Northrop Grumman has introduced a novel sensor system, named ATHENA (Advanced Tactical Hostile Engagement Awareness), designed to safeguard aircraft against the menace of heat-seeking, shoulder-fired missiles. In modern warfare, it is often the simplest weapons that pose the most persistent threats, as recent events have demonstrated.
When aircraft take off from unsecured airfields, their chief concern is not high-tech munitions from invisible fighter planes but rather the unassuming Man-Portable Air Defense Systems (MANPADs) operated by individuals concealed in bushes or behind obstacles.
MANPADs, portable launchers initially developed in the 1950s, fire heat-seeking missiles that track an aircraft’s engine’s heat signature. Although their range is limited, they can be deadly, and they remain attractive to terrorist groups despite stringent international controls. To counter this threat, transport planes often deploy flares during takeoff to confuse missile sensors. However, these countermeasures can only defeat what they can detect.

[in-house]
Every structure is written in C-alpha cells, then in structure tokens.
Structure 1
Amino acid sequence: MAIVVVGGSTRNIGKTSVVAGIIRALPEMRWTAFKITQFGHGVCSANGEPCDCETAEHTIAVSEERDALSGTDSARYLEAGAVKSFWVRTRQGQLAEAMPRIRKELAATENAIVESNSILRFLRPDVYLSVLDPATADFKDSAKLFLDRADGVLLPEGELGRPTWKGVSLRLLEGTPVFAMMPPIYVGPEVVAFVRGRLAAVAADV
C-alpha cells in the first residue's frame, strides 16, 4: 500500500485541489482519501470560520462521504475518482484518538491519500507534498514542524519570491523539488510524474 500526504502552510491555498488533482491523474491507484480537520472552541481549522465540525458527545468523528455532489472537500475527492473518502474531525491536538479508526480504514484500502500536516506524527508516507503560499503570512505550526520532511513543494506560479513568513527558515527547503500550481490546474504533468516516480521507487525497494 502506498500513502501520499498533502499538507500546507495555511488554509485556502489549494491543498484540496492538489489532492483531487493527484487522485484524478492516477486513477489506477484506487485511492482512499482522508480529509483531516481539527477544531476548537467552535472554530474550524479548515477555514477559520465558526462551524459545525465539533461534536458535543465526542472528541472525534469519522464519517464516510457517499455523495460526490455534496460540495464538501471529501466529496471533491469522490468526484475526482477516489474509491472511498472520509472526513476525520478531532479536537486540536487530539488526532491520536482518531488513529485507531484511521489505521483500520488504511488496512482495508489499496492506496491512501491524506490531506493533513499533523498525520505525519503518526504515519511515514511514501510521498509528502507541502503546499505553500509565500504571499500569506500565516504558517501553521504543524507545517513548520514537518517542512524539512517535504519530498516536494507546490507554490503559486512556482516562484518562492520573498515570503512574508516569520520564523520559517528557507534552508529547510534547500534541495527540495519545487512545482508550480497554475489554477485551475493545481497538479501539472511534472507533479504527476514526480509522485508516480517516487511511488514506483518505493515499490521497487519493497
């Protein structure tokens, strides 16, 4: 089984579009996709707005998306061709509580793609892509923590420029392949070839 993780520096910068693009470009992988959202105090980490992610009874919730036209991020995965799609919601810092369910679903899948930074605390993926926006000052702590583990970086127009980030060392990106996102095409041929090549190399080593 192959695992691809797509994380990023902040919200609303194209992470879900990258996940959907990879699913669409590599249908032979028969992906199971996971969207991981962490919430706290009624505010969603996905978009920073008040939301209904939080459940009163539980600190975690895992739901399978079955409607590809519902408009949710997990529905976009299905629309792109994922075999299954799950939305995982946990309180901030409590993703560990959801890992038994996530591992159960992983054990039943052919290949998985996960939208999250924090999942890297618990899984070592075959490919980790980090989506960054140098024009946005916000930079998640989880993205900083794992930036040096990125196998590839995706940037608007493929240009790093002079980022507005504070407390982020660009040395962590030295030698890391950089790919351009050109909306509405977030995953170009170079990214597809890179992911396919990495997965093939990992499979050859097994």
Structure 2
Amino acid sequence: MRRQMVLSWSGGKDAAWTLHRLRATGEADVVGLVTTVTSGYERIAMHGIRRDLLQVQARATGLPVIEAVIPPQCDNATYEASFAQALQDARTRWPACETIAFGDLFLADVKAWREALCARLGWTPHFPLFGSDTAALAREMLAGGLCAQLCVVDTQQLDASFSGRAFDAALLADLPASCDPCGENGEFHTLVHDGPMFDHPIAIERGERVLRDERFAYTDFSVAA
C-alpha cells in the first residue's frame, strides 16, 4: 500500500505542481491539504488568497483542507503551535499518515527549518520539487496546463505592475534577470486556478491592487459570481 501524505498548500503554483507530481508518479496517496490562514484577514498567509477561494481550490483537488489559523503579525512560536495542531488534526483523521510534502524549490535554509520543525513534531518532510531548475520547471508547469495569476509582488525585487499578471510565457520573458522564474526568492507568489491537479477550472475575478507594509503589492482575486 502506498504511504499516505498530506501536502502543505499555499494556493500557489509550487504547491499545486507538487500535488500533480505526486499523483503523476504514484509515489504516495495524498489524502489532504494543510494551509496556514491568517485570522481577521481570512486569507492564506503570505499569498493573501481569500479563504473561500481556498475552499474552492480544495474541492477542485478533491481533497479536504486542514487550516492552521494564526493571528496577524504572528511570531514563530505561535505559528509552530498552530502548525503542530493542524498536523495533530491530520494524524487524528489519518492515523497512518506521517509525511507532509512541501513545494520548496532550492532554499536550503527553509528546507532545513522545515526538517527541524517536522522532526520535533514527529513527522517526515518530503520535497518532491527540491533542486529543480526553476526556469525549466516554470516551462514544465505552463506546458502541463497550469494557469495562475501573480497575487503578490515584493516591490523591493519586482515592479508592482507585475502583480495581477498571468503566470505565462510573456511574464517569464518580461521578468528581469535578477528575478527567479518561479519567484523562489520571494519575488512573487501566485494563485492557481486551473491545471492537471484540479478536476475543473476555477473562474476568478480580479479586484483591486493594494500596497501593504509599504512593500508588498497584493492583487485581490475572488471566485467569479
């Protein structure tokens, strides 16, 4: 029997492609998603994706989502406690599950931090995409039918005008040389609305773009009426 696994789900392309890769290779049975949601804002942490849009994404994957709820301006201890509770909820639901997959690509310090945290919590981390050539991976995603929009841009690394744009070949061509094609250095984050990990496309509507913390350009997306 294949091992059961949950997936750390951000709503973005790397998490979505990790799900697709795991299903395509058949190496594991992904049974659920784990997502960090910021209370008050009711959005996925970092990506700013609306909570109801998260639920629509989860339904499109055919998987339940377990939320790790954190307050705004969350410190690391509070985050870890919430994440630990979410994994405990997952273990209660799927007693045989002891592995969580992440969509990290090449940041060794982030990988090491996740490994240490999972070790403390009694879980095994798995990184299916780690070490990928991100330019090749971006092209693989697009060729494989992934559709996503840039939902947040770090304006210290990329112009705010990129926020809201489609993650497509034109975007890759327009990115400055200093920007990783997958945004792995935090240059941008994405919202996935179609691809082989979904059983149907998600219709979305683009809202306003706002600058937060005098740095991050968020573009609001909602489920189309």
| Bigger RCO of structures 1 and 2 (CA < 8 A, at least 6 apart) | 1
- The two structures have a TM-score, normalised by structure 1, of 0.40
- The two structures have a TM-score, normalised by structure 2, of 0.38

ATHENA fills this gap with a “staring sensor” that continuously scans for potential threats, including MANPADs and anti-tank guided missiles. Northrop claims that ATHENA offers superior resolution and range compared to previous sensors, granting more time to detect and respond to threats.
An additional advancement in ATHENA is its autonomous operation, driven by advanced software and data processors. This independence means that the system doesn’t drain the aircraft’s computing resources, which can be used for other essential tasks.
The result is a sensor that provides a 360-degree view for the pilot and crew. It seamlessly integrates multiple video feeds into one display and even allows operators to see through the aircraft’s body, effectively rendering it invisible.
In a world where simplicity often poses the most significant threat, ATHENA represents an innovative solution to protect aircraft from the persistent danger of MANPADs and heat-seeking missiles. Its combination of advanced technology, autonomous operation, and enhanced detection capabilities makes it a valuable addition to aircraft defense systems, offering a more comprehensive and effective approach to safeguarding against these low-tech, yet dangerous, weapons.
“ATHENA exemplifies our approach to sensors, using available hardware to perform multiple functions and missions,” said Dennis Neel, program director, Northrop Grumman. “This increases rotary wing aircraft survivability and provides situational awareness capabilities previously available only on much larger aircraft,” said Neel. “It has the potential to make any aircraft significantly more survivable. Bringing warfighters home safely is the ultimate goal.”